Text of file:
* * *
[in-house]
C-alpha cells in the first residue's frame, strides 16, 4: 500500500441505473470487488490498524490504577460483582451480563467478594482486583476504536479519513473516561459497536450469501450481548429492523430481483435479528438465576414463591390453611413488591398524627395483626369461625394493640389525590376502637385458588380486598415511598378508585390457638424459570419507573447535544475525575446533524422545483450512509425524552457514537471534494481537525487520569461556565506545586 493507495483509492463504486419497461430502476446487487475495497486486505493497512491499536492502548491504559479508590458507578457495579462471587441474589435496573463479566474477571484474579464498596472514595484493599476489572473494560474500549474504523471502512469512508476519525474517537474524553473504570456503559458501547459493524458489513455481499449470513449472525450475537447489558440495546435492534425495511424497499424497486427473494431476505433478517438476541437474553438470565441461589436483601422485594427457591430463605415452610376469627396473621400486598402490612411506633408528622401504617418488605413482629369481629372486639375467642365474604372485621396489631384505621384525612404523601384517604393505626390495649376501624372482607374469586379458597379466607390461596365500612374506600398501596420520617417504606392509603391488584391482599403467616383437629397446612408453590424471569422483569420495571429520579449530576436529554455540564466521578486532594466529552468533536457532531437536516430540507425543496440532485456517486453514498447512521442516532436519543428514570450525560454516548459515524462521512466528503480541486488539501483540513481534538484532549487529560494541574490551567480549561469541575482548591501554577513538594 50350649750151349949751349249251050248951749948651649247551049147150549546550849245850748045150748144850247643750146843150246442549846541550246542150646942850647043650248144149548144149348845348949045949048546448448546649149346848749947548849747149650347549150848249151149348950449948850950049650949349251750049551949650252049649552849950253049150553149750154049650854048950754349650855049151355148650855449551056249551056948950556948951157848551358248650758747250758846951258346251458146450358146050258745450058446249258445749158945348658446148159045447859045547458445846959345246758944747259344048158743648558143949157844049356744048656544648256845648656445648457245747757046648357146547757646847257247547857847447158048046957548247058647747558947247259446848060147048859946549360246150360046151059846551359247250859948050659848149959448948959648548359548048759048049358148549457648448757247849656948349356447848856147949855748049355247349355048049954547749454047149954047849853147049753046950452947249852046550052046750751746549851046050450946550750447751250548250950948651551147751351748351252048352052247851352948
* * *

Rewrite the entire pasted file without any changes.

[in-house]
C-alpha cells in the first residue's frame, strides 16, 4: 500500500441505473470487488490498524490504577460483582451480563467478594482486583476504536479519513473516561459497536450469501450481548429492523430481483435479528438465576414463591390453611413488591398524627395483626369461625394493640389525590376502637385458588380486598415511598378508585390457638424459570419507573447535544475525575446533524422545483450512509425524552457514537471534494481537525487520569461556565506545586 493507495483509492463504486419497461430502476446487487475495497486486505493497512491499536492502548491504559479508590458507578457495579462471587441474589435496573463479566474477571484474579464498596472514595484493599476489572473494560474500549474504523471502512469512508476519525474517537474524553473504570456503559458501547459493524458489513455481499449470513449472525450475537447489558440495546435492534425495511424497499424497486427473494431476505433478517438476541437474553438470565441461589436483601422485594427457591430463605415452610376469627396473621400486598402490612411506633408528622401504617418488605413482629369481629372486639375467642365474604372485621396489631384505621384525612404523601384517604393505626390495649376501624372482607374469586379458597379466607390461596365500612374506600398501596420520617417504606392509603391488584391482599403467616383437629397446612408453590424471569422483569420495571429520579449530576436529554455540564466521578486532594466529552468533536457532531437536516430540507425543496440532485456517486453514498447512521442516532436519543428514570450525560454516548459515524462521512466528503480541486488539501483540513481534538484532549487529560494541574490551567480549561469541575482548591501554577513538594 50350649750151349949751349249251050248951749948651649247551049147150549546550849245850748045150748144850247643750146843150246442549846541550246542150646942850647043650248144149548144149348845348949045949048546448448546649149346848749947548849747149650347549150848249151149348950449948850950049650949349251750049551949650252049649552849950253049150553149750154049650854048950754349650855049151355148650855449551056249551056948950556948951157848551358248650758747250758846951258346251458146450358146050258745450058446249258445749158945348658446148159045447859045547458445846959345246758944747259344048158743648558143949157844049356744048656544648256845648656445648457245747757046648357146547757646847257247547857847447158048046957548247058647747558947247259446848060147048859946549360246150360046151059846551359247250859948050659848149959448948959648548359548048759048049358148549457648448757247849656948349356447848856147949855748049355247349355048049954547749454047149954047849853147049753046950452947249852046550052046750751746549851046050450946550750447751250548250950948651551147751351748351252048352052247851352948